Effective Dispute Resolution for Employment Law and IP Disputes

City's New Harassment Law Stirs Action

By Pat Omandam

Honolulu Star-Bulletin, 1993

The city is averaging three complaints of sexual harassment each month as a result of a 1993 law that allows city workers to file informal or formal complaints of harassment against co-workers, says City Councilman Andy Mirikitani.
"This new law revealed an underlying problem in the government workplace which also exists in the private workplace as well," Mirikitani said.

So far, there have been 60 complaints of sexual harassment filed by city workers since the law was implemented by the Harris administration two years ago.
Of that amount, 10 are legitimate cases of harassment that have been forwarded to the city corporation counsel for litigation, Mirikitani said.

While details and outcomes of each complaint remain confidential, the figures show a need for continued training of city managers on the city's sexual harassment policy, considered one of the toughest in the nation, said Mirikitani, who authored the law.

Such training, he added, will help prevent costly and damaging cases such as the Clarissa Barta case. Barta claimed she was subjected to sexual harassment at the hands of nine fellow Honolulu police officers from 1989 to 1992. Earlier this month, she agreed to a $1.1 million out-of-court settlement with the city.

"This law represents a zero-tolerance policy against sexual harassment and is a major change from business as usual," Mirikitani said.

Protected under the law are city employees, those who do business with the city, lobbyists and others engaged in city activities, including members of the news media. The City Council in November 1993 unanimously approved the comprehensive law, which was implemented in August 1994 after Jeremy Harris was elected to complete the four-year mayoral term of Frank Fasi.

The law establishes a uniform sexual harassment policy for the city that defines harassment and outlines the rights and actions to be taken if such incidents occur.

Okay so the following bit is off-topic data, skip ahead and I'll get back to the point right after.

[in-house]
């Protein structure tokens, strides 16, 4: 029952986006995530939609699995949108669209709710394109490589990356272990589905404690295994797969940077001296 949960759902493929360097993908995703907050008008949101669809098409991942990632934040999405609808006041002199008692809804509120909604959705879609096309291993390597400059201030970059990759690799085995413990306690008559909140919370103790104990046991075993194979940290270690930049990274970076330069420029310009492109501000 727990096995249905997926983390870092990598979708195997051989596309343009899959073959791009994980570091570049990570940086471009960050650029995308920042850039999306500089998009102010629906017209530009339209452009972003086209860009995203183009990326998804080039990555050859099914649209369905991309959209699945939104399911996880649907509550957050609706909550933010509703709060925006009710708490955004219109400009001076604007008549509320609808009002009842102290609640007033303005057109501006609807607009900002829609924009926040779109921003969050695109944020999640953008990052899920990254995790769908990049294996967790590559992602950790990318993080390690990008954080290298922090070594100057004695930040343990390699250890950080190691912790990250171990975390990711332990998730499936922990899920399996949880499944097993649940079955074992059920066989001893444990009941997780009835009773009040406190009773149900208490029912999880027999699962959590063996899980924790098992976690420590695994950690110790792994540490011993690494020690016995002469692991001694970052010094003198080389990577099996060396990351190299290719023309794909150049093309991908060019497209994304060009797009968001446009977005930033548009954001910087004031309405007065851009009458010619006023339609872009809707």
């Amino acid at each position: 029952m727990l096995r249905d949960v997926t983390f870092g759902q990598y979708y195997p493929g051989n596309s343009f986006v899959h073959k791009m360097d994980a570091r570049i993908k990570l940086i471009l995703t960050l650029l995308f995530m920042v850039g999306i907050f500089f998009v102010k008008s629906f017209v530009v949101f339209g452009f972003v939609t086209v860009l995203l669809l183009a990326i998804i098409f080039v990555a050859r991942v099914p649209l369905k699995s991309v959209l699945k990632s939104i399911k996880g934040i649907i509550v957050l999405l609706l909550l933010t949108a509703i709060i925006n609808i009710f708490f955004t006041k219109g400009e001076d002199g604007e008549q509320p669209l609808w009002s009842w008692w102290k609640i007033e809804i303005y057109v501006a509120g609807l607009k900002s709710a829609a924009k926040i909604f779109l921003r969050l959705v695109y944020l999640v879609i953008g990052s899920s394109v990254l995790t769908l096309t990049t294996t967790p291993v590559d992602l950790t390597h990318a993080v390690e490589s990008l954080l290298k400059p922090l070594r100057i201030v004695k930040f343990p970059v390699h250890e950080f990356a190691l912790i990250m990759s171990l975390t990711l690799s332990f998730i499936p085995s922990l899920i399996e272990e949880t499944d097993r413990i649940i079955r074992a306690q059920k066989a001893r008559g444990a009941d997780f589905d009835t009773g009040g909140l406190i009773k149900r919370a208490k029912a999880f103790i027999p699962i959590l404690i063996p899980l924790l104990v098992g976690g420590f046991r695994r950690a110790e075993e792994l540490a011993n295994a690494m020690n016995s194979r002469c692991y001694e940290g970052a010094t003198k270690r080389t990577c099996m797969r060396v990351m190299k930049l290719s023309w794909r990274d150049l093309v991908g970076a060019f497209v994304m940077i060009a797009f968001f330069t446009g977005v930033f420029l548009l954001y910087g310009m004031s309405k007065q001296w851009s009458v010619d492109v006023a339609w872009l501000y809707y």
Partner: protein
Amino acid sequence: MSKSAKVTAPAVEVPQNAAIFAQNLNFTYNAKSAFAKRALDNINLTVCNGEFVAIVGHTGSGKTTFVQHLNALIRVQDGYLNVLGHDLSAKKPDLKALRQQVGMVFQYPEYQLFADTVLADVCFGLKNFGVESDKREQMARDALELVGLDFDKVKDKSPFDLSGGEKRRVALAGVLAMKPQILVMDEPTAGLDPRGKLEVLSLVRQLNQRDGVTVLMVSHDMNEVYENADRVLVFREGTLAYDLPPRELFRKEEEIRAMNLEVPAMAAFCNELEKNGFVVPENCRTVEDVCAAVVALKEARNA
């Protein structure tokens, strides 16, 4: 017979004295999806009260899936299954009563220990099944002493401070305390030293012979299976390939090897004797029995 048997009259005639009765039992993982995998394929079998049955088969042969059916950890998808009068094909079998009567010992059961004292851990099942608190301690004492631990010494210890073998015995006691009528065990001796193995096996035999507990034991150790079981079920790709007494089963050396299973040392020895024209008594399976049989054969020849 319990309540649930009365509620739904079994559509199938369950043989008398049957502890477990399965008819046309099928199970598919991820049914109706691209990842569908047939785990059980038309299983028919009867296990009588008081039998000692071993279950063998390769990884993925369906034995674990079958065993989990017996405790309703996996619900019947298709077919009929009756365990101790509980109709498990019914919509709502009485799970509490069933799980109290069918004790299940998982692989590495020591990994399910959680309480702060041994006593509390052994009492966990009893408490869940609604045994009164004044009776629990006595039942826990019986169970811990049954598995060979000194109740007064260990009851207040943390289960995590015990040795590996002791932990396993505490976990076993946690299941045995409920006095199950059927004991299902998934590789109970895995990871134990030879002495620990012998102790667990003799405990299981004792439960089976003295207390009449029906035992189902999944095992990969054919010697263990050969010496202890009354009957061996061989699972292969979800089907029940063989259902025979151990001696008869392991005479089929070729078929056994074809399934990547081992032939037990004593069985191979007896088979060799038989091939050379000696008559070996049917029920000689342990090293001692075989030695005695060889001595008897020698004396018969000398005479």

And it encourages victims to file informal complaints if they want the harassment to stop but don't want to punish the offender. All investigations of complaints must be completed within 10 days by a team comprised of both genders.

The city has had a sexual harassment policy on the books since 1983. It was updated in 1988 and 1992, said city spokeswoman Carol Costa.

But those familiar with the new law say it is a model the rest of the nation should follow. Attorney Elizabeth Jubin Fujiwara, an expert in sexual harassment cases, said the ordinance sent a clear message to city workers that they would be protected from retaliation if they filed harassment complaints.

"Because of the previous lackadaisical attitude of the city administration toward the issues of sexual harassment, it was my opinion that many women did not bring charges because of fear of retaliation," she said.

Fujiwara praised the law for its strong points, such as barring a company from doing business with the city if it is found in violation of sexual harassment law. And she said the required annual training of city supervisors and managers helps clarify what is in "bad taste" and when it becomes a violation of someone's civil rights.

The city holds its next training session for managers Monday.

"A lot of men who were raised in the '50s, for example, are sometimes clueless as to what's offensive toward women, and in fact they think many things that they say are compliments. So that's why training is needed,"
Fujiwara said. "Once you have training, I would say most men are amazed at what they were doing and finally realized what the problem is and stopped doing it. I think most men would want to know what is not acceptable behavior. And once they know, they stop."

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Employment law, personal injury, and intellectual property mediator Elizabeth Jubin Fujiwara is an attorney licensed to practice in Hawaii. She is also a neutral fact-finder in employment law matters.